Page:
Teaching babies to eat is messy. No matter when they are trained to feed themselves, the kitchen ends up looking like there was a chow-war.
We have all probably heard about the mother who hand-fed her child until he was two, hoping to avoid the hour of cleanup afterwards. It took longer to feed him. The child was frustrated because he was not allowed to feed himself. He wasn’t even allowed to play with his food—imagine that! His clothes stayed clean, his high chair was immaculate, and the floor didn’t need to be mopped multiple times a day.
But there was one secret this mother didn’t know. She didn’t realize that wasn’t saving herself the cleaning. All it did was delay the inevitable for about a year. As soon as her son was handed a spoon, the fun began. And I suspect it was even worse for her because, by that age, his throwing arm was stronger than it was at nine months old.
I could be called lazy, or maybe frugal with my time, but by the time my children were about six months old or so, they were handed a spoon. As I fed them their baby cereal and applesauce, they were allowed to hold, bang, wave, and drop the spoon all they wanted. Eventually, they were able to actually get it into their mouths.
Soon I would set the bowl of applesauce on the tray, and the baby would try to start feeding himself while I kept spooning in a little more. Finally, I would give up as handfuls of baby cereal were stuffed in with one hand, while the other hand waved the spoon in my face.
Unappetizing blobs of goo wound up everywhere—on their faces and hands, in the high chair, on the floor, and occasionally flung at the nearest wall. The hair would receive a coating guaranteed to make it smooth, luxurious, and full of body.
If we were lucky, everyone was treated to a work of art on the high chair tray, lovingly created out of pudding or cooked carrots, arranged in a 20th-century masterpiece. The artist’s cherubic face was decorated with a mashed potato goatee and a headdress of gravy.
It didn’t take long before we decided to strip our babies down to their diapers for mealtimes. It sure made it easier to sit them on the side of the sink afterwards and give them a quick rinse before setting them down to play.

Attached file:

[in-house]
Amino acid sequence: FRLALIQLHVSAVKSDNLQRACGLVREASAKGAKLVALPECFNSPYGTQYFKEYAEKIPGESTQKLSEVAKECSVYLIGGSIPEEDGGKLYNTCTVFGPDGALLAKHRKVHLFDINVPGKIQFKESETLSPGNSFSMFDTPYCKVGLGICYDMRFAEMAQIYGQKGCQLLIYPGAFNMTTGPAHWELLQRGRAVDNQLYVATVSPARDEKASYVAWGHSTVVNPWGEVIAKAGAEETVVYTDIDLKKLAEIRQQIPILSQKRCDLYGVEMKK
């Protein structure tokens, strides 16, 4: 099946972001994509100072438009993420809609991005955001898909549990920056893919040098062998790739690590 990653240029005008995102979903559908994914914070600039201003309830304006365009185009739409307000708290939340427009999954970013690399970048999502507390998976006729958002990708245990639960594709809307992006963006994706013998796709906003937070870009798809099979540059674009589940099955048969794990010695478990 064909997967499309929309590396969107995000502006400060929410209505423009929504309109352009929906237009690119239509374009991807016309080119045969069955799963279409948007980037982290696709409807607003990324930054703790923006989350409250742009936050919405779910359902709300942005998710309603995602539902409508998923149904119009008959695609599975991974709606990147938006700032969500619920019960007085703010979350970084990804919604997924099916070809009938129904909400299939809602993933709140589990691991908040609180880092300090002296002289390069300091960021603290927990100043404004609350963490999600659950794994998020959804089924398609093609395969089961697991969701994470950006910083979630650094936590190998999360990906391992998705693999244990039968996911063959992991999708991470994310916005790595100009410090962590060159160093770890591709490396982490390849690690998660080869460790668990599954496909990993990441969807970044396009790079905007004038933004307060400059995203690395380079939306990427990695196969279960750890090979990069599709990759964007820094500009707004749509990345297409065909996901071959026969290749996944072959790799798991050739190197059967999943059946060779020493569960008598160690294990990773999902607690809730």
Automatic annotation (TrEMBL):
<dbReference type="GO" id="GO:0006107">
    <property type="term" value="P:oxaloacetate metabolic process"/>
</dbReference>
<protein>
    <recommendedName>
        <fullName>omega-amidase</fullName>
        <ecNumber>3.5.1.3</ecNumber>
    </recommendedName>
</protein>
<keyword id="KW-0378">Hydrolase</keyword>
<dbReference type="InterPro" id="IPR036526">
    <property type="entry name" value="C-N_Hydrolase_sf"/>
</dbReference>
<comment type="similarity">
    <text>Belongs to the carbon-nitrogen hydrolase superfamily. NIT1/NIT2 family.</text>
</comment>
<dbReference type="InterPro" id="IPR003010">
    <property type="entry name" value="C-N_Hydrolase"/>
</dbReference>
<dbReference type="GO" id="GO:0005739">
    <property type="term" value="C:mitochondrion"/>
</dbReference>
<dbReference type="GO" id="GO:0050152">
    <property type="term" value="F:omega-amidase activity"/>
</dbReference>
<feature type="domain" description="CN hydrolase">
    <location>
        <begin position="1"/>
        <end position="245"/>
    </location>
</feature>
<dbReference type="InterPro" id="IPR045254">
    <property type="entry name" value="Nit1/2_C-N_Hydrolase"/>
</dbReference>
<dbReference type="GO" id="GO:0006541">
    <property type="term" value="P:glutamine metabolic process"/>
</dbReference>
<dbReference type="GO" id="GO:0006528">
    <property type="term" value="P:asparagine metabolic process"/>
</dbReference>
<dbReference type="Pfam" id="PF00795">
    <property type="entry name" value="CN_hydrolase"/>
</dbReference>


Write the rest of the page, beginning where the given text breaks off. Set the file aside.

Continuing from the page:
The time I spent cleaning the kitchen was probably comparable to the time it would have taken to feed my child. By allowing the child to experiment and practice, it gave him or her more freedom and independence, while developing fine motor skills.
It also kept them busy for a while, which is valuable in itself.
There is one thing we learned the hard way: Teaching children to feed themselves and teaching them sign language at the same time might not be the best idea.
The sign for “eat” is pointing all the fingers at the mouth, barely touching the lips. The sign for “more” is putting all the fingers together in a cluster and touching the fingertips together a couple times. Those aren’t too hard to use. Some of the others are worse.
One night we were eating spaghetti, when our munchkin signed for more. My ever-helpful older daughter told her to say please, which our little one did immediately. Unfortunately, the sign for “please” is rubbing the chest in a circular motion. Yes, the child had clothes on. Yes, the same child had spaghetti sauce on her hands. And yes, it was impossible to get that stain out.
So maybe my house will never be featured in Better Homes and Gardens. Maybe my kitchen will be perennially sticky, and the occasional guest might end up glued to the chair. And maybe my stove will always have fingerprints on it. But I don’t care. My children are happy and creative and not dependent on me for everything.
While that young mother dutifully fed her son, I was tossing Cheerios on my son’s tray to keep him happy while I cooked dinner. While that mother spoon-fed every bite to her immaculate child, holding the spoon with immaculate fingernails in her immaculate house, my daughter was fingerpainting with her applesauce. And when it was finally time for the young mother to teach her son to use a spoon, I was already free of that chore.
No matter when they learn to feed themselves, it’s going to be messy. That’s just life. Besides, it’s highly amusing, at least until it’s time to mop the floor.
That’s my story, and I am sticking to it—and I will continue to stick to it as long as I am sitting here in a spot of maple syrup that I didn’t notice on the chair.
Donna Howard is a mother of ten children—yes, ten—a grandmother of six, and has served as a foster parent. She has a bachelor’s degree in clarinet performance and composition. She teaches elementary music methods to education majors and owns her own band instrument repair business.